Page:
Girl Talk: Honor Among Thieves
The relatively new sport of fighting over band names has already reached comedic levels. More than a few projects have dumped their monikers in a panic after finding out something on the other side of the country--or the ocean--already claimed it. (Recall the spiteful clash between hipster-metal duo Death from Above--switched subsequently to Death from Above 1979--and James Murphy's dance label of the same name.) The winner is usually the band that looks like it can, or would, put forth a lawyer.
The case of the two Girl Talks, however, is a special one. Baltimore's Girl Talk isn't the Girl Talk of Gregg Gillis, mash-up artist and sample thief extraordinaire. The evidence--the cassette-only release Honor Among Thieves is ambiguously credited--points to this being the work of Rjyan Kidwell, aka Cex. Gillis is probably the one with the bigger lawyer, but Kidwell's got nothing to fear: Until the day comes that Gillis can make amends with every artist he's ripped off, he's defenseless. Kidwell just can't help being vague.
The statement Kidwell makes with Thieves is no exception. The tape's liner note is a screen-shot of CNN's Paula Zahn looking fierce and concerned, albeit plenty ditzy, while the words hip-hop art or poison? float above her head. Kidwell's tape could've been Zahn's "exhibit A" for the latter. Obviously, he doesn't believe that--recall Cex's Maryland Mansions and Tall, Dark, and Handcuffed rapping phase--and his sampling work is so deft it couldn't come from anything less than affection, but damned if he didn't dig up some serious vitriol. He leads with clipped lines from Ice Cube's "Horny Little Devil," which he eventually reduces to "don't like white men" set on a loop. A mash between a pair of unabashedly anti-Semitic, anti-queer, and anti-white 1995 Menace Clan tracks is right on Cube's heels. Things get a little better--the cuts get more politically and socially aware--as the tape goes on, but the "fuck whitey" vibe of Kidwell's mix doesn't flag.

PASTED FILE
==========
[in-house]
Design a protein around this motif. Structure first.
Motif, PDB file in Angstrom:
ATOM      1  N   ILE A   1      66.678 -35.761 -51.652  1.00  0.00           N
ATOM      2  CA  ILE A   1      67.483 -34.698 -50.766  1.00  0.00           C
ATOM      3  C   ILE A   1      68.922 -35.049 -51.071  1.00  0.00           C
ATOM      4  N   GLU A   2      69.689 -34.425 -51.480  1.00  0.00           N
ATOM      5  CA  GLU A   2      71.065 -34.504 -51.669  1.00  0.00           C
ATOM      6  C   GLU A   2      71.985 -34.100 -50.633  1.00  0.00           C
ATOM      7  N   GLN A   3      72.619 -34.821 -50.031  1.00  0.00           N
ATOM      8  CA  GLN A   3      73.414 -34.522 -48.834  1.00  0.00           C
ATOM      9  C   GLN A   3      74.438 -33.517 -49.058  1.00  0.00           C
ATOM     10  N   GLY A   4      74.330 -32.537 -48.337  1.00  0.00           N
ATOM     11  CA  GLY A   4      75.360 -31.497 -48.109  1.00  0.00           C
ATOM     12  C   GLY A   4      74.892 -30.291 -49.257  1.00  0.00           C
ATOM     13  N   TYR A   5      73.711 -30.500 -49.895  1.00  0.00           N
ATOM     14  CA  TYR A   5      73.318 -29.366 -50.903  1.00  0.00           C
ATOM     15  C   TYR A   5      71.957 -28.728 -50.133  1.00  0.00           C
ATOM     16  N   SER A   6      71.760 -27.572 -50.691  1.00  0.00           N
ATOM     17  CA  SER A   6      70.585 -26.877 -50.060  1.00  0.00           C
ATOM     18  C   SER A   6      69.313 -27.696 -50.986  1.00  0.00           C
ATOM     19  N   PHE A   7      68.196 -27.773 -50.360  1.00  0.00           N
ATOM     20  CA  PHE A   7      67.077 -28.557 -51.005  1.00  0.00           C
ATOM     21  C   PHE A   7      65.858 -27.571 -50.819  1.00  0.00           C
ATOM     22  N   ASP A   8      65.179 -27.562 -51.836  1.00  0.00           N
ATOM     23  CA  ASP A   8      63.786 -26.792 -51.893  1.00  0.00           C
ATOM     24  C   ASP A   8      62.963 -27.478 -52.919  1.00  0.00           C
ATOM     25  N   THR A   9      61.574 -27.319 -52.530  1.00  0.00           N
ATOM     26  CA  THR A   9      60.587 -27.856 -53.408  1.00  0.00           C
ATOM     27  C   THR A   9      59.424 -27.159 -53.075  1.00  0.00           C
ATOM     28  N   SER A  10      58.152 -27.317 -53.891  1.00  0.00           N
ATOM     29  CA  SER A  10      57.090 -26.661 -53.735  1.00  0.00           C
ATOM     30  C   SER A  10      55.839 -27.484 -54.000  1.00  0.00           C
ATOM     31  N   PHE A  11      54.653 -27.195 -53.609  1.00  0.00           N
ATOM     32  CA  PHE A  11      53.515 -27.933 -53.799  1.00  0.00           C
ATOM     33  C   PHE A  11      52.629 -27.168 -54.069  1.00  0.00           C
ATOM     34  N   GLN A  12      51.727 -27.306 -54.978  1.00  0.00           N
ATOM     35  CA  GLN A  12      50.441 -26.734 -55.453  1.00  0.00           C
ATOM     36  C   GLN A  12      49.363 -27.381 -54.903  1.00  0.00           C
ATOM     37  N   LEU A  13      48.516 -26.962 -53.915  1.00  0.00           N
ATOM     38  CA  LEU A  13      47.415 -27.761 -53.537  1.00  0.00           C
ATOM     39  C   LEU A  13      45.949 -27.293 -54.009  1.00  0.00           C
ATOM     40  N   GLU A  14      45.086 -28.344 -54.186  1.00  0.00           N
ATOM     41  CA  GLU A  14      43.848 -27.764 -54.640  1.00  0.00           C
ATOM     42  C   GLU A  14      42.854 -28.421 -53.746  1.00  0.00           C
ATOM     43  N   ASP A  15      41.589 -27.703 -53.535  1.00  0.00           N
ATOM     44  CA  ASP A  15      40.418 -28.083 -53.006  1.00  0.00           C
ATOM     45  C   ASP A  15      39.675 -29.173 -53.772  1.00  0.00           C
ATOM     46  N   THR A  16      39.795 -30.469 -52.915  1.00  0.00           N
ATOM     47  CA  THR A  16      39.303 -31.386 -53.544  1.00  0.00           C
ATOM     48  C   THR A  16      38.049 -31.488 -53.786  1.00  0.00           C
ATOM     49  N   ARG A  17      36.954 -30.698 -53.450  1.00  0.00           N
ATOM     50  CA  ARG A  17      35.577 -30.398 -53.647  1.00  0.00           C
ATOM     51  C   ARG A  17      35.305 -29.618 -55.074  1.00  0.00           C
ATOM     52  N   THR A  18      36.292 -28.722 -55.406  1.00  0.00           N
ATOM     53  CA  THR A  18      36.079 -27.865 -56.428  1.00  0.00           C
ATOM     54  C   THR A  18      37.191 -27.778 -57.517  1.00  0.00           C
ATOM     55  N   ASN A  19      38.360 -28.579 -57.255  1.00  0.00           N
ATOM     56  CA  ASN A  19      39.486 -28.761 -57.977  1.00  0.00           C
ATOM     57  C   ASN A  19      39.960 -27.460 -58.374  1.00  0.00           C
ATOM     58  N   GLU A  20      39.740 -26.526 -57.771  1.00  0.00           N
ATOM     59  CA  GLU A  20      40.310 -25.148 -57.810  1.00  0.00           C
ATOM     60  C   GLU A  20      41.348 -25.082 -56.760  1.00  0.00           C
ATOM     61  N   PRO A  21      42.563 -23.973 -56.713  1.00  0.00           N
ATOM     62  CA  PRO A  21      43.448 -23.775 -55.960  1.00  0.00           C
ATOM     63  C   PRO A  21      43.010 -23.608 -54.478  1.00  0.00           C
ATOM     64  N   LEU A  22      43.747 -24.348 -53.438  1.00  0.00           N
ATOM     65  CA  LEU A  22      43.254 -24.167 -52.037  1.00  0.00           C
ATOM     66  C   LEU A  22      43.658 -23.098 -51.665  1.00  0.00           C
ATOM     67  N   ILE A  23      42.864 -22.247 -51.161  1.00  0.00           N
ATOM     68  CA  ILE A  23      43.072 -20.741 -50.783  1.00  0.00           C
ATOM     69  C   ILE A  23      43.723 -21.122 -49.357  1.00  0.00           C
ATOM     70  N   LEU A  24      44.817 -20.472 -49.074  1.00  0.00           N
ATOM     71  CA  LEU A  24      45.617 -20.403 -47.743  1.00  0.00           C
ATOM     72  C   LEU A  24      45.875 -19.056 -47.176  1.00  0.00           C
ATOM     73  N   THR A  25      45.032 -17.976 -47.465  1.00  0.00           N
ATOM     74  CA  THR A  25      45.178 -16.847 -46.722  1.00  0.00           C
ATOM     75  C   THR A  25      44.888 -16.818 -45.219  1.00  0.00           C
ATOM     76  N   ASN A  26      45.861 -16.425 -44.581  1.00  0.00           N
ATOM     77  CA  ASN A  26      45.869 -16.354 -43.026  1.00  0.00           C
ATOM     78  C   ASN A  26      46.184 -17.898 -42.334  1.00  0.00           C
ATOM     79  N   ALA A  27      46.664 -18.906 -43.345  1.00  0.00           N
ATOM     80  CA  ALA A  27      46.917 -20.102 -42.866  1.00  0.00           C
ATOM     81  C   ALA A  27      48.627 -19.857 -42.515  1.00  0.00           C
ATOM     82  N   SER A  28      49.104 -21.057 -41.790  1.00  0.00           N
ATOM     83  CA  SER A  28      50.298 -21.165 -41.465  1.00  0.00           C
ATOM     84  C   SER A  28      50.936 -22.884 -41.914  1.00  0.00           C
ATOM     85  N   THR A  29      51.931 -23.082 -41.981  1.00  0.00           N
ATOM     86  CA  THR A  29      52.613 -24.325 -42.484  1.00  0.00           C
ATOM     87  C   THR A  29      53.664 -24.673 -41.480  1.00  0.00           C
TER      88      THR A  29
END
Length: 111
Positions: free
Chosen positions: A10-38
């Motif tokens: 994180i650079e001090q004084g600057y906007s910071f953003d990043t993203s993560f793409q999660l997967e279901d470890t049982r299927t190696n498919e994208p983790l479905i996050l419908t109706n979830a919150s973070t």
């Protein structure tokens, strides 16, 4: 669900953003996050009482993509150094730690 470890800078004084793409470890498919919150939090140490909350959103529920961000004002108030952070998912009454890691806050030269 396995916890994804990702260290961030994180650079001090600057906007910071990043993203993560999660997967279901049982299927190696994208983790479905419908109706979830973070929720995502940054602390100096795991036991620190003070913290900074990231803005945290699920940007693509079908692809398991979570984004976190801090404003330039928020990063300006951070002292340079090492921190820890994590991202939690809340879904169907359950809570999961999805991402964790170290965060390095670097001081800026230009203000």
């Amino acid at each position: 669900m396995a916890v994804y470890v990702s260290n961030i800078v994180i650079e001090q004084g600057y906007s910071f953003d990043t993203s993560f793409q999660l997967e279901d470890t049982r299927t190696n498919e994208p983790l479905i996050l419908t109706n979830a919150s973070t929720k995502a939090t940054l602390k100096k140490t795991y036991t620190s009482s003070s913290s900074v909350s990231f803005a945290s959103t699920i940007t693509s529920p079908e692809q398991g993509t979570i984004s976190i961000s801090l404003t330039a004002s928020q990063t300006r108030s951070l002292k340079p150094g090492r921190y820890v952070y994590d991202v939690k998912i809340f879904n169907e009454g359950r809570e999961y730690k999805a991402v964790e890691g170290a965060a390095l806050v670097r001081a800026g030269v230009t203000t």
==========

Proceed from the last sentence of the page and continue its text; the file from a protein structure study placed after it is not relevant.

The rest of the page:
We'd like to think Kidwell is calling out Gregg Gillis' pussy-footed rap fetishizing with Thieves. Gillis' biggest crime as Girl Talk doesn't reduce to licensing or money. It's that he strips the black anger from rap. How uncomfortable would it be if Gillis dropped a Menace Clan cut into a party mash-up? This isn't to give a pass to Menace Clan, but Gillis puts his own safe, sanitized interpretation of rap onto his laptop pedestal--he's made it white in a way no number of ironic mash-ups could ever do, or no number of lawyers could ever undo. We're glad Kidwell was trailing behind, picking up the scraps. Someone had to do it.